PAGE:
How and Why Volunteering Is Good for Your Health

You may think the only benefits from volunteering is for the charity that you donate your skills or time for. This is simply not so!

There’s been a rage of studies that show volunteering is good for your health as well. This article over on the Sydney University website explains some of these benefits.

Health benefits of volunteering

Volunteering combats depression. Volunteering keeps you in regular contact with others and helps you develop a solid support system, which can, in turn, reduce the chances of depression.

Volunteering improves your own confidence

Becoming a volunteer for a local charity gives people a sense of pride and identity. The better one feels about themselves, the more likely they have positive views of life and relationships.

There’s also the fact you are doing good for others and the community, which provides a natural sense of accomplishment.

Volunteering reduces stress and anxiety

Social contact aspect of volunteering and working with others can have a profound effect on your overall psychological well-being.

Nothing better to reduce stress than having great conversations in a positive frame with other people. Also, scientists have found that people working with animals have also been shown to reduce mental health issues, and generally improve moods.

Volunteering increases your happiness

By measuring hormones and brain activity, researchers have discovered that being helpful to others delivers immense pleasure. Human beings are hard-wired to give to others. The more we give, the happier we feel.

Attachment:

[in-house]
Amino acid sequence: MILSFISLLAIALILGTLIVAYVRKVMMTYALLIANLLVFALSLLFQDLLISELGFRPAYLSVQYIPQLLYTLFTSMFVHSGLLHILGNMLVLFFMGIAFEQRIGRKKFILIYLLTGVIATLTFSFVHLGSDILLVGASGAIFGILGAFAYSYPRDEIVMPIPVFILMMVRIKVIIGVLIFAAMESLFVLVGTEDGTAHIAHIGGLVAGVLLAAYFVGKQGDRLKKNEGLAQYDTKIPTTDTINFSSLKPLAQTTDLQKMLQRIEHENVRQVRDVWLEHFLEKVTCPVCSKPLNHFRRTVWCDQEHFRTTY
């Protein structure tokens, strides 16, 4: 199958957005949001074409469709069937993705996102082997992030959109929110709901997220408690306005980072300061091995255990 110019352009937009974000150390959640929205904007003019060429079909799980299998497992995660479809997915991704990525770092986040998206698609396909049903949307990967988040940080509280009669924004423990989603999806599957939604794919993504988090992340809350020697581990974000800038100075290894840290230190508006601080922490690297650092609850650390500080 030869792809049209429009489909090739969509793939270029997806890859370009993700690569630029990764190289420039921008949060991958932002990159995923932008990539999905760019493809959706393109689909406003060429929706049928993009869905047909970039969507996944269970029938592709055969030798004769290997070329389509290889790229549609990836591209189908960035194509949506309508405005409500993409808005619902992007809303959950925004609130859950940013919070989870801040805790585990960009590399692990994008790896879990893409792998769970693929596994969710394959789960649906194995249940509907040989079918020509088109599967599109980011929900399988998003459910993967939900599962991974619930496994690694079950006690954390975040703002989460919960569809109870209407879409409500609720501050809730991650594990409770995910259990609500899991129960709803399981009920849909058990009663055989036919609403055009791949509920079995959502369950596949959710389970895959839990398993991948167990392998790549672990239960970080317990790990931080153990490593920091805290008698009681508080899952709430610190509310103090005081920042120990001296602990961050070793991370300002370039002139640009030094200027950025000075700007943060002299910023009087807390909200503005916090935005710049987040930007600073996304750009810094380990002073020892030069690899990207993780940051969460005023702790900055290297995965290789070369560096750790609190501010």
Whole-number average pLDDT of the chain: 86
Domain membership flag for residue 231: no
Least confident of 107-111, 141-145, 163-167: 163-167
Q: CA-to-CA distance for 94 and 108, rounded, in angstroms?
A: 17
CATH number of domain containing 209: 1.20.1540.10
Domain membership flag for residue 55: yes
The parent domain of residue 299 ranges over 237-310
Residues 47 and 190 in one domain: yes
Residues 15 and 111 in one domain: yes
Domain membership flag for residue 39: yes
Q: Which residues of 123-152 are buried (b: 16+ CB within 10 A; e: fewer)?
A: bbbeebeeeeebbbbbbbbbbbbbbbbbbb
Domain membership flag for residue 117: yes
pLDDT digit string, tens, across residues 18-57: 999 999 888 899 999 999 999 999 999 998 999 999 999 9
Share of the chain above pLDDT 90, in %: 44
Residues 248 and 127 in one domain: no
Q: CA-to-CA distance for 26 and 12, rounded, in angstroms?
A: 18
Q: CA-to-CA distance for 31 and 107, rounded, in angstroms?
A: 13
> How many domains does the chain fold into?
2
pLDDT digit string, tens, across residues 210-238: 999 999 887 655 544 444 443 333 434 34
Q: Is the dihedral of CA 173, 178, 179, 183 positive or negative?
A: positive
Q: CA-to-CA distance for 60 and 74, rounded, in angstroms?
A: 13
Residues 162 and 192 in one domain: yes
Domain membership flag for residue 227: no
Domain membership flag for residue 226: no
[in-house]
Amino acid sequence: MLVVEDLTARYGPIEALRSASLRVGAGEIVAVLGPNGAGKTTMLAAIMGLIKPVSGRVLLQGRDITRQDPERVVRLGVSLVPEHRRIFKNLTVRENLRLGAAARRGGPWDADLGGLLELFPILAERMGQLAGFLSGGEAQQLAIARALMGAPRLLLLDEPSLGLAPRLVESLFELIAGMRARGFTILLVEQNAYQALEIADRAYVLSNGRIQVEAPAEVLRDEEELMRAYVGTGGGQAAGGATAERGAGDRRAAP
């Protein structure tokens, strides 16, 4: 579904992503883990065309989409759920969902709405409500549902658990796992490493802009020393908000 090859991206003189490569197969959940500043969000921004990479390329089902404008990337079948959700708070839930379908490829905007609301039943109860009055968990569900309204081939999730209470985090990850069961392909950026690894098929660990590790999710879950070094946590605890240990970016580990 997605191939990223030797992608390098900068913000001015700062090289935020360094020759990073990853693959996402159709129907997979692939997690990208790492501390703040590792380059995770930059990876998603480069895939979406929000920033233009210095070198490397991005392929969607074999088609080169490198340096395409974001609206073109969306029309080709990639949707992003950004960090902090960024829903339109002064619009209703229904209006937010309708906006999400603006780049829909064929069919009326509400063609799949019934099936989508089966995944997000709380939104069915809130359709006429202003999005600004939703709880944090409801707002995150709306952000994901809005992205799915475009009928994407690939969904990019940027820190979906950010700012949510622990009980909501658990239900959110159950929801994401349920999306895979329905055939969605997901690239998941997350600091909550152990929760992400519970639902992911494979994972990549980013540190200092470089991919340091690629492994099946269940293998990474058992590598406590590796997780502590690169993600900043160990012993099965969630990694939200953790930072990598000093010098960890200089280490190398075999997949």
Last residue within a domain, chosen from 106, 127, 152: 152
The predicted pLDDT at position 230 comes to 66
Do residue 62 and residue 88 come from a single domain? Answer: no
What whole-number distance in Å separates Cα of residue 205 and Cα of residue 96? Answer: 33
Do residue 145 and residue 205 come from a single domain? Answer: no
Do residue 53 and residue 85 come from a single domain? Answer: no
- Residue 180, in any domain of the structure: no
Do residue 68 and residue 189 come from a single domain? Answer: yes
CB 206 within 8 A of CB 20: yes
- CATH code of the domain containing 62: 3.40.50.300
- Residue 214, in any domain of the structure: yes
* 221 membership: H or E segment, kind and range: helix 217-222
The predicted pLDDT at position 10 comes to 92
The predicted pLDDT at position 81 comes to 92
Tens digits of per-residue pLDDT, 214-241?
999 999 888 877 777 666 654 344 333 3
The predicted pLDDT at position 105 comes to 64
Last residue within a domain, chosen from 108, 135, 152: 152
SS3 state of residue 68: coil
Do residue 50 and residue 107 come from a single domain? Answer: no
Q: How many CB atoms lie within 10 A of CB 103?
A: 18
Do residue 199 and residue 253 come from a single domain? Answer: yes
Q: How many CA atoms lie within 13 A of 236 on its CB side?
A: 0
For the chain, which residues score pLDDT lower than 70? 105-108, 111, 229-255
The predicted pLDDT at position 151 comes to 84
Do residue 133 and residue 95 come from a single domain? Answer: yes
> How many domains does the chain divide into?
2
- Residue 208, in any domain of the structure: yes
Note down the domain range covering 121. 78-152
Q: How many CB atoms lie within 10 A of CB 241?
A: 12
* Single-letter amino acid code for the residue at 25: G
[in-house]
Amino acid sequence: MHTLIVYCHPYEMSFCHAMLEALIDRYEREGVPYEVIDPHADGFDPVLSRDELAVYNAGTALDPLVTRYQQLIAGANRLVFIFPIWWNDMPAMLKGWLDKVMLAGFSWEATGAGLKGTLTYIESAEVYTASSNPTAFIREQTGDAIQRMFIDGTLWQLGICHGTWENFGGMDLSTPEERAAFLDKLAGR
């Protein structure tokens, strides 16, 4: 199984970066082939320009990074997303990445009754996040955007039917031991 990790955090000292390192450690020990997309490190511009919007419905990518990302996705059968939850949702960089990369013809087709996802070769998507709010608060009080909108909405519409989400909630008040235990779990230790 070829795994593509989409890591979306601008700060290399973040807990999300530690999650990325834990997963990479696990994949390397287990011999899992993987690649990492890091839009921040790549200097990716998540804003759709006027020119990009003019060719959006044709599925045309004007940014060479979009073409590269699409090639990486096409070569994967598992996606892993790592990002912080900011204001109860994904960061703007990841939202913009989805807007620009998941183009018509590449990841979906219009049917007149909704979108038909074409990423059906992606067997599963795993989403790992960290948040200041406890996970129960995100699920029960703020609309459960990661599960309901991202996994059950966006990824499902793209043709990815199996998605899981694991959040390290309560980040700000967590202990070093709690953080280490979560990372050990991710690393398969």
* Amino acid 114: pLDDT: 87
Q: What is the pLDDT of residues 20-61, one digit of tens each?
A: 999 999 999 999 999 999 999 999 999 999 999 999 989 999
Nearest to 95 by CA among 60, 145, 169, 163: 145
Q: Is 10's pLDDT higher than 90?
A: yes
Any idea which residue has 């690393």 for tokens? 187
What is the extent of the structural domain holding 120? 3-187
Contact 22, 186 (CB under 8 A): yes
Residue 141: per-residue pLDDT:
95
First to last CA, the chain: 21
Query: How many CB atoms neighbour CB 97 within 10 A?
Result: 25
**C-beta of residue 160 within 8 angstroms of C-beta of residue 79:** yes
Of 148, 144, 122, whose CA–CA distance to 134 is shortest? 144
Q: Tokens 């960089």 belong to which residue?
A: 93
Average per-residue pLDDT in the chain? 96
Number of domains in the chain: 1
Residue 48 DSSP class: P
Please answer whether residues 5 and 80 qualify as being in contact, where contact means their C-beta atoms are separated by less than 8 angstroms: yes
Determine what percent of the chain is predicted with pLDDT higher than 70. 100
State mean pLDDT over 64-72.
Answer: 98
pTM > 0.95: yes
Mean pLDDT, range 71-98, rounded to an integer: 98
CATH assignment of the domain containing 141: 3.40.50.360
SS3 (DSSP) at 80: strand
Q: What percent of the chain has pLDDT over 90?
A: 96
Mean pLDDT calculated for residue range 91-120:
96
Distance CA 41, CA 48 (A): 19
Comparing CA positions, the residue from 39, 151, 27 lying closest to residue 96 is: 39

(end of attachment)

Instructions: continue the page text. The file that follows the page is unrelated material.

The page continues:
Volunteering helps you stay physically healthy. Studies have found that Australians who are regular volunteers have a longer life expectancy than those who do not.

More mature Australians who volunteer, end up walking more which makes it easier for them to cope with everyday tasks, are less likely to develop high blood pressure. This also helps Australian volunteers improve their brain and thinking skills.

Volunteering has been proven to lessen symptoms of chronic pain and reduce the risk of heart disease.

Volunteering provides a sense of purpose

Mature Australians, especially those who are single or retired, can often find a whole new meaning in life by volunteering for a local organisation. There’s nothing better to improve your own life, by helping others.

Whatever your marital status, age or life situation, volunteering can help take your mind off your own concerns and therefore also keep you mentally positive and stimulated.

Some famous people in volunteering

Many famous people throughout history have volunteered. Here are a few of them.

George Washington, the first President of the United States, was a volunteer firefighter and imported the first fire engine from England in 1765.

Actor Sean Penn volunteered in Haiti following the earthquake in 2010. He helped dispense medicine, swept floors and managed a large displaced-persons facility. Having survived personal traumatic events in his life, he wanted to put something back.

Agatha Christie volunteered for the Red Cross during World War One, putting in 3,400 hours of unpaid work between 1914-16. She described the role as one of the most rewarding professions. Her experiences also provided material for her novels.

Rock star Jon Bon Jovi volunteered in food kitchens, eventually setting up his own charity restaurant with his wife in New Jersey, The Soul Kitchen, where he works around once a week when he’s in town.

Where to find volunteering opportunities

There are plenty of charities and associations across Australia, in every state and territory that are always looking for volunteers. Try using Google and searching your local area.

Otherwise, these websites may help;

Go Volunteer

SEEK Volunteer

Volunteering Australia

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